Oda is a typical large room in an Albanian traditional house used by the host to receive and entertain the guests.
Oda are used by the host to receive and entertain the guests. Traditionally, the host and the guests in the oda are old men and marriend men. Till the end of the 20th century, woman and young boys were not allowed to enter the room. In the oda, the men talk, take political discussions and sing epic songs until late hours. During an oda "session", historical events and traditions are transmitted orally through discussions and songs.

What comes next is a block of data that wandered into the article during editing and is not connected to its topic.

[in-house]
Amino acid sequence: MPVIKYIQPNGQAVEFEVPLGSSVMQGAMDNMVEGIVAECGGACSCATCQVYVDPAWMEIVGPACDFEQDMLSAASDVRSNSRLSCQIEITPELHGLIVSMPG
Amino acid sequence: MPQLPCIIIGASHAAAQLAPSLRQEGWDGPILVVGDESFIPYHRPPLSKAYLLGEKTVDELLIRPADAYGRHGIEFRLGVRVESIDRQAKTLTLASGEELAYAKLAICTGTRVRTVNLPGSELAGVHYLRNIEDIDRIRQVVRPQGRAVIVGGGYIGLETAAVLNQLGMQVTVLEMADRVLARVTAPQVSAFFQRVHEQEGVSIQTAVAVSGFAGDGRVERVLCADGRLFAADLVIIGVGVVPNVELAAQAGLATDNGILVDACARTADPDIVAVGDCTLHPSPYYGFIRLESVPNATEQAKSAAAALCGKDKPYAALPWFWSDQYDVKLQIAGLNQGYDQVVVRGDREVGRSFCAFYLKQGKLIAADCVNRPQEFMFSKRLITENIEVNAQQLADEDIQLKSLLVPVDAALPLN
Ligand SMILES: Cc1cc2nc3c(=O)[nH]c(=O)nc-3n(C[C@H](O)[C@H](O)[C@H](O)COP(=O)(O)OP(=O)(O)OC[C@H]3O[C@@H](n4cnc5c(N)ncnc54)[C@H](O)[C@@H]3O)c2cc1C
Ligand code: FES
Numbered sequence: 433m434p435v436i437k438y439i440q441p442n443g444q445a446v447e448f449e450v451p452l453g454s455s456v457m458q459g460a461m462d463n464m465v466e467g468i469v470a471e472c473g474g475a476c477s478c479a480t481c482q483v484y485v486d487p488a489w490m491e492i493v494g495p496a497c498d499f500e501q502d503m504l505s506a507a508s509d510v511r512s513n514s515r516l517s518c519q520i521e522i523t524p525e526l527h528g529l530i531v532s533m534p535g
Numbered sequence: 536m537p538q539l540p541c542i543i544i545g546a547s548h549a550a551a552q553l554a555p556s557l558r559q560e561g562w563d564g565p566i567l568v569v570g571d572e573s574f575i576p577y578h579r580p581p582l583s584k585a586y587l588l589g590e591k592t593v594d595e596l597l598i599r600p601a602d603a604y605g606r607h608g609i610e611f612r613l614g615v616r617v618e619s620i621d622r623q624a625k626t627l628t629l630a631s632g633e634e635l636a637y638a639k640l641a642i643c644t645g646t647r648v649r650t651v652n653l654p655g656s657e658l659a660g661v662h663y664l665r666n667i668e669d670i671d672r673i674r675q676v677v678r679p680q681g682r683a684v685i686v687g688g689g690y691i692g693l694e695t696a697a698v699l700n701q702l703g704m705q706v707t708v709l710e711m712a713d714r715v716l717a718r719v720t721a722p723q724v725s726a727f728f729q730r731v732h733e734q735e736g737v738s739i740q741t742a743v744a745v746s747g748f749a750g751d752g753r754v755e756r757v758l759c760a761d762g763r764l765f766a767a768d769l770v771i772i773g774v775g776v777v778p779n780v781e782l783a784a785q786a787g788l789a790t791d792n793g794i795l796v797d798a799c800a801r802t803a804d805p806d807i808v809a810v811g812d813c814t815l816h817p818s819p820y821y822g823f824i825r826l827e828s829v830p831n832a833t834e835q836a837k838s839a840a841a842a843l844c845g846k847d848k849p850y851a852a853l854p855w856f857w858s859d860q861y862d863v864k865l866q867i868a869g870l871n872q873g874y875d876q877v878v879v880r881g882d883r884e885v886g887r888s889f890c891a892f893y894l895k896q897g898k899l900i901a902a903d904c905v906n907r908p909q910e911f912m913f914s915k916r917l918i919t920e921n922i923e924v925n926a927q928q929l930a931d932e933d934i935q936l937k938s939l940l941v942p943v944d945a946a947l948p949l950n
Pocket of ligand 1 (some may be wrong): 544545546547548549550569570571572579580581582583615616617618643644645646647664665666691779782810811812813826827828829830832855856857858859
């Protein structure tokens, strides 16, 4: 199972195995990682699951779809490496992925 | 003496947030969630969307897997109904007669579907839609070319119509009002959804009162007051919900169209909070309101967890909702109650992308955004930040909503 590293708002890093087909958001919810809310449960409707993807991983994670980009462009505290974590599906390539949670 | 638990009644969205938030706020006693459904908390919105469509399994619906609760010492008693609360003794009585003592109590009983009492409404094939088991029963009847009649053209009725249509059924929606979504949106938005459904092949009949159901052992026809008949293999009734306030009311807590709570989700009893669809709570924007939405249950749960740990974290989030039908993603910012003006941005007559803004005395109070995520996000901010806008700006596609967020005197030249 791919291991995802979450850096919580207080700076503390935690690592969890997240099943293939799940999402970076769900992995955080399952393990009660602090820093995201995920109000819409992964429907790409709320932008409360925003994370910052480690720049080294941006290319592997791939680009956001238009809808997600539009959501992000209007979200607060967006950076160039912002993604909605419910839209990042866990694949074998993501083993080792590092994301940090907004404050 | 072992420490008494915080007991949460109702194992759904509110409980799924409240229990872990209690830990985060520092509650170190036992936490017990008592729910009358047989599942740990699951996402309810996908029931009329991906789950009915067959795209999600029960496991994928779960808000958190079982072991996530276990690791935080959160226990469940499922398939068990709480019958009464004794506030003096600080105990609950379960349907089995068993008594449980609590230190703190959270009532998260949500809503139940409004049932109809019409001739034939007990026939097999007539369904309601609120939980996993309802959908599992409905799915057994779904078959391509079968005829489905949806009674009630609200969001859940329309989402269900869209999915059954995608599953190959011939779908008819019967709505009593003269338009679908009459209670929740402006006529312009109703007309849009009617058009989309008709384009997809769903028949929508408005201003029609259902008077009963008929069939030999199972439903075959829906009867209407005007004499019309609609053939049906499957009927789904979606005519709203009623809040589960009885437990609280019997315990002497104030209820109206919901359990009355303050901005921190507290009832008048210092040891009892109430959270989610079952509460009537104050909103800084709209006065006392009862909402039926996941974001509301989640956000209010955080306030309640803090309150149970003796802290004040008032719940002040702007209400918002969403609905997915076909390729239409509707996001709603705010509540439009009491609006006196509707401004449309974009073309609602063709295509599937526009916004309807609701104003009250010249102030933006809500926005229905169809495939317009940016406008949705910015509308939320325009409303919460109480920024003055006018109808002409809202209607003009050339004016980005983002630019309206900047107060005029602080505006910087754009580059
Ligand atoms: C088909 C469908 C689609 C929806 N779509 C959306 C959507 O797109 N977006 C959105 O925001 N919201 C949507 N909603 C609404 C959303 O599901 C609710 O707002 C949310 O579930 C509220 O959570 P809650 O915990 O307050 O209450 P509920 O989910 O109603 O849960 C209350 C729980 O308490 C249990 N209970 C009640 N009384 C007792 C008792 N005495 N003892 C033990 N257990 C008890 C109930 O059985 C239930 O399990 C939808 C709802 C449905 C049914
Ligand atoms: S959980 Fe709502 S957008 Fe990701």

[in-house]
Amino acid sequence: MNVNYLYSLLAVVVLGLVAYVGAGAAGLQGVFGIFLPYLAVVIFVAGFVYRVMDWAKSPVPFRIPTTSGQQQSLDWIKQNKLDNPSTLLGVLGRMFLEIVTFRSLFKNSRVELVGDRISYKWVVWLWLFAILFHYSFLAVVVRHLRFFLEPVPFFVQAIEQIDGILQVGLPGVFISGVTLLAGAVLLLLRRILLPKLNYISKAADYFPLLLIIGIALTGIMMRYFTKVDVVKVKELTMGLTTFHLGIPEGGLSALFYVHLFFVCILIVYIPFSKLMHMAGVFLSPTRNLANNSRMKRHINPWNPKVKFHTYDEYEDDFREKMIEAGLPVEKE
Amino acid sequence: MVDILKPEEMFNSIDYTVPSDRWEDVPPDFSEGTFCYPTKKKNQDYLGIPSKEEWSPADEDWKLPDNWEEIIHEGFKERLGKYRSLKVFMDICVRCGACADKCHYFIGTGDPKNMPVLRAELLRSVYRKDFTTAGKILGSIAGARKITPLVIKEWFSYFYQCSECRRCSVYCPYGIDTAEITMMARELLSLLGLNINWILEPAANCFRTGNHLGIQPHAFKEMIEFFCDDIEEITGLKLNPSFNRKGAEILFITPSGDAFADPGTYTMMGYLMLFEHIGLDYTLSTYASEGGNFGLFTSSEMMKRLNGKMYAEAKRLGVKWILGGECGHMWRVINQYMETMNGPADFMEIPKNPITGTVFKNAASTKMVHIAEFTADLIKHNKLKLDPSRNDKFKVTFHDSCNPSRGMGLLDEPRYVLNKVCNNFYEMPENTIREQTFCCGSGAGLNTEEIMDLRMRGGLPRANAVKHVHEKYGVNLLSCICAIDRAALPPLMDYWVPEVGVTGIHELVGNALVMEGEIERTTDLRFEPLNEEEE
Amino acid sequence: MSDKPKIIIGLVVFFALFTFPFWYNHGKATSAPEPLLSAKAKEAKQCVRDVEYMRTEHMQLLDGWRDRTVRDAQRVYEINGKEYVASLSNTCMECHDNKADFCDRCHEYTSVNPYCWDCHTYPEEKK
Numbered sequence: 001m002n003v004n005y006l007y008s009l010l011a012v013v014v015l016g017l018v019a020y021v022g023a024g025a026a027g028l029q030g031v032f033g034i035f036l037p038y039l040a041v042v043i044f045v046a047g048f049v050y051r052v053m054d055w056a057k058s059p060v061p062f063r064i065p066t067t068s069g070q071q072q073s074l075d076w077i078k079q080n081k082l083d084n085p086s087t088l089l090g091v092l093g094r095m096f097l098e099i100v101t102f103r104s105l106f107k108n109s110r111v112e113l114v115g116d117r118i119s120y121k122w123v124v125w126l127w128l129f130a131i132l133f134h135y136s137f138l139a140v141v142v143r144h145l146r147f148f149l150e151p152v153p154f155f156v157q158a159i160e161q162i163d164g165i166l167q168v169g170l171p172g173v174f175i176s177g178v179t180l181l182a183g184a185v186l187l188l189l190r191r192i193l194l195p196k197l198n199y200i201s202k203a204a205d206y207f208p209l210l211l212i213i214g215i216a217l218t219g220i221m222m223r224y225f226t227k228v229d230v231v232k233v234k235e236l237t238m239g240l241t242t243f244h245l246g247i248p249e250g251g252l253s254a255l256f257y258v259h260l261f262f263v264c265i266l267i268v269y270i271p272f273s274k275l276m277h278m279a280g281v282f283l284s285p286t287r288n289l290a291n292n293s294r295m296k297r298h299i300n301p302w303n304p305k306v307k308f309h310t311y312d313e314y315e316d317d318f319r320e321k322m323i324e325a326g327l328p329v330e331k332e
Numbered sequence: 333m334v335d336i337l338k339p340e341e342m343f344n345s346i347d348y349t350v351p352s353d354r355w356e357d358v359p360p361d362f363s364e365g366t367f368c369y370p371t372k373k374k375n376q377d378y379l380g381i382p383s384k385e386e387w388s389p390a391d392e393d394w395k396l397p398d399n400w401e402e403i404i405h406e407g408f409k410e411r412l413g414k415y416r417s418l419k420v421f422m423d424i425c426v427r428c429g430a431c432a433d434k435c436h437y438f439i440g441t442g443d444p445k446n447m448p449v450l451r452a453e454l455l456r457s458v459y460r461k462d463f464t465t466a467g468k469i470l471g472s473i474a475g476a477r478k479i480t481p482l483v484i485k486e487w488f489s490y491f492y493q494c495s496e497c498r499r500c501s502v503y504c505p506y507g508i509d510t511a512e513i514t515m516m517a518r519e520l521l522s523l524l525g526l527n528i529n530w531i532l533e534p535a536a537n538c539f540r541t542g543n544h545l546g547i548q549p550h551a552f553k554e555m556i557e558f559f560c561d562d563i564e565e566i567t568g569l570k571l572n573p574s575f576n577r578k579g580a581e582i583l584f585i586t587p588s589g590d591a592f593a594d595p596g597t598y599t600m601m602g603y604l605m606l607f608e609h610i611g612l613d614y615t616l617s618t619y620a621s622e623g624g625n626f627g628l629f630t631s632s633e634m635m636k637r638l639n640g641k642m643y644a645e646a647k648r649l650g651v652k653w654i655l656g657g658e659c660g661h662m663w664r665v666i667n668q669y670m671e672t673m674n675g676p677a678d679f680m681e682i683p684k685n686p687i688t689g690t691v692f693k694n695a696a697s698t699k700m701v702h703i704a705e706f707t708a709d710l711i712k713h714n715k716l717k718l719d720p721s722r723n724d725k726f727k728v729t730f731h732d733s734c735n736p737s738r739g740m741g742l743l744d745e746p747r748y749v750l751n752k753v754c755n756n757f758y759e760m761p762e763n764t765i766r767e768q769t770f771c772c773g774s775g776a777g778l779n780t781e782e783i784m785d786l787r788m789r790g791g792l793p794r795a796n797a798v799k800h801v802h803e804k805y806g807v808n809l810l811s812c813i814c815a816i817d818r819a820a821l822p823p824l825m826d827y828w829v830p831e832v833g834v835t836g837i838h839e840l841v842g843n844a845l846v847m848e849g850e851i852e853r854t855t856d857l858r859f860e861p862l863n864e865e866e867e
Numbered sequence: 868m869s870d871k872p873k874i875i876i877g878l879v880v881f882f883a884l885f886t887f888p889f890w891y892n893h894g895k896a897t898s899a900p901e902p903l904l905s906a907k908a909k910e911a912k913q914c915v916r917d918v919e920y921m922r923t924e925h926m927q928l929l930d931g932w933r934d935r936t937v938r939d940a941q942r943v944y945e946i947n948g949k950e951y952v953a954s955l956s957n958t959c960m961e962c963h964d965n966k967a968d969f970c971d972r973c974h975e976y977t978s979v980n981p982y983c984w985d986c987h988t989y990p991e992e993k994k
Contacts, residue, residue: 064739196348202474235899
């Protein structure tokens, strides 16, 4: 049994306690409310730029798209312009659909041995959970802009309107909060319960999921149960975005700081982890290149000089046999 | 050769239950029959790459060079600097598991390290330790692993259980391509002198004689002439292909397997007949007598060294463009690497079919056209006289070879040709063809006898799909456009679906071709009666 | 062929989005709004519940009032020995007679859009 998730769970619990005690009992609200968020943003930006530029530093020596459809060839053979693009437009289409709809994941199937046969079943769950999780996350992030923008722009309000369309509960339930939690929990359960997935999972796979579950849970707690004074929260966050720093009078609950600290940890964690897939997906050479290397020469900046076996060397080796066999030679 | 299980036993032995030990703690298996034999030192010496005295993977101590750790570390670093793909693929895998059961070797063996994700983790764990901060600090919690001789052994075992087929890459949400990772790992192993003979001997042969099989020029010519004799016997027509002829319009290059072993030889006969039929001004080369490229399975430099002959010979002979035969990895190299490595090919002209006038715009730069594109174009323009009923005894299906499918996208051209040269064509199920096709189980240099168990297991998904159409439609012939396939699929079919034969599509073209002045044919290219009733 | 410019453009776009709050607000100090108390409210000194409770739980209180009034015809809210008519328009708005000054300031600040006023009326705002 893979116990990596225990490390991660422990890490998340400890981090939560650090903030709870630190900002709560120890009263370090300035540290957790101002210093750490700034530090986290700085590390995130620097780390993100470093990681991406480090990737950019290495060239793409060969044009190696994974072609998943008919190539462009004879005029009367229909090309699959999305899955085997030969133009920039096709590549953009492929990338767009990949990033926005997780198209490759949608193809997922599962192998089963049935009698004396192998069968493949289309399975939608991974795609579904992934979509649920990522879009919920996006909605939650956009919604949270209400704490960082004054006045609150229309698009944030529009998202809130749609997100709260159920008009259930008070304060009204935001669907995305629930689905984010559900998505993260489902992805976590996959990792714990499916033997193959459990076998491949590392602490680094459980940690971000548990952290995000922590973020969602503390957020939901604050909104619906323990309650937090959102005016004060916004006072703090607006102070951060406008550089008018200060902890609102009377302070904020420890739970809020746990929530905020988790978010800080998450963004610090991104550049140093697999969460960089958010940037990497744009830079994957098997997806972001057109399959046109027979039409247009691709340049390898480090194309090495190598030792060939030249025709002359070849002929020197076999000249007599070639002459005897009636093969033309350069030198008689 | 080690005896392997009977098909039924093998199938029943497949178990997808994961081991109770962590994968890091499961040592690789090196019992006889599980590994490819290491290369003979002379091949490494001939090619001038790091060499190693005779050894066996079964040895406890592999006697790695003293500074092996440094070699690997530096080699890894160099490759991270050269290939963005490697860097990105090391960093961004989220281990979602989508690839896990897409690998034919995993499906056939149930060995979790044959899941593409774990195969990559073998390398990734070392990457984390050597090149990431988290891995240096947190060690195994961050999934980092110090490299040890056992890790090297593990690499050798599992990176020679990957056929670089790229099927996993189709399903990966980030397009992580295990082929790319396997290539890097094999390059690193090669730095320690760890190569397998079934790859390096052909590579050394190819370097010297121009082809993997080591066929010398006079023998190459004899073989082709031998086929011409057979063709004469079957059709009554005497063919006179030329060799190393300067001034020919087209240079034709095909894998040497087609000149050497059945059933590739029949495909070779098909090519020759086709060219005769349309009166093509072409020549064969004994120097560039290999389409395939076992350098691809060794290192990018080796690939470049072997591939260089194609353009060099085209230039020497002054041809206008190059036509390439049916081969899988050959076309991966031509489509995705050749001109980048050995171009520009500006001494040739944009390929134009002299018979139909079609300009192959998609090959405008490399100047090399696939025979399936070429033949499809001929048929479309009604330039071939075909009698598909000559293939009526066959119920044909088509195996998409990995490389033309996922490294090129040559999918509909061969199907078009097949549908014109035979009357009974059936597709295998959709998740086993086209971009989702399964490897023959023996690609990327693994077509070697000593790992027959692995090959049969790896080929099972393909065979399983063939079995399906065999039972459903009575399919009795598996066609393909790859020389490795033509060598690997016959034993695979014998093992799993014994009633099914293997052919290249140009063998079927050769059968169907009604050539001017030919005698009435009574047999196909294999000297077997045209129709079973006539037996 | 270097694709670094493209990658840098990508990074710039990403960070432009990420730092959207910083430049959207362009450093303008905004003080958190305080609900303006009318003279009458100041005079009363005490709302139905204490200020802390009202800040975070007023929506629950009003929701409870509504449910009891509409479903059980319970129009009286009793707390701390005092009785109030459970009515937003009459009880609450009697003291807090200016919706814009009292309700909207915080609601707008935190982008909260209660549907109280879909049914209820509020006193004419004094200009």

In the odas, knowledge were handed down the generations through epic tales and ballads. During 19th and 20th century—in order to counter the Turkish and Serbian bans on Albanian language—odas were secretly used for teachings in Albanian. In Yugoslavian Kosovo many odas were transformed into classrooms and home-schools to resume and conserve Albanian education.
- Kostovicova, Denisa (2005). Kosovo: The Politics of Identity and Space. Routledge. ISBN 0-415-34806-4.
- Lanzinger, Margareth (2006). Women's Movements: Networks and Debates in Post-communist Countries in the 19th and 20th Centuries. Böhlau Verlag Köln, Weimar, Wien. ISBN 3-412-32205-9.
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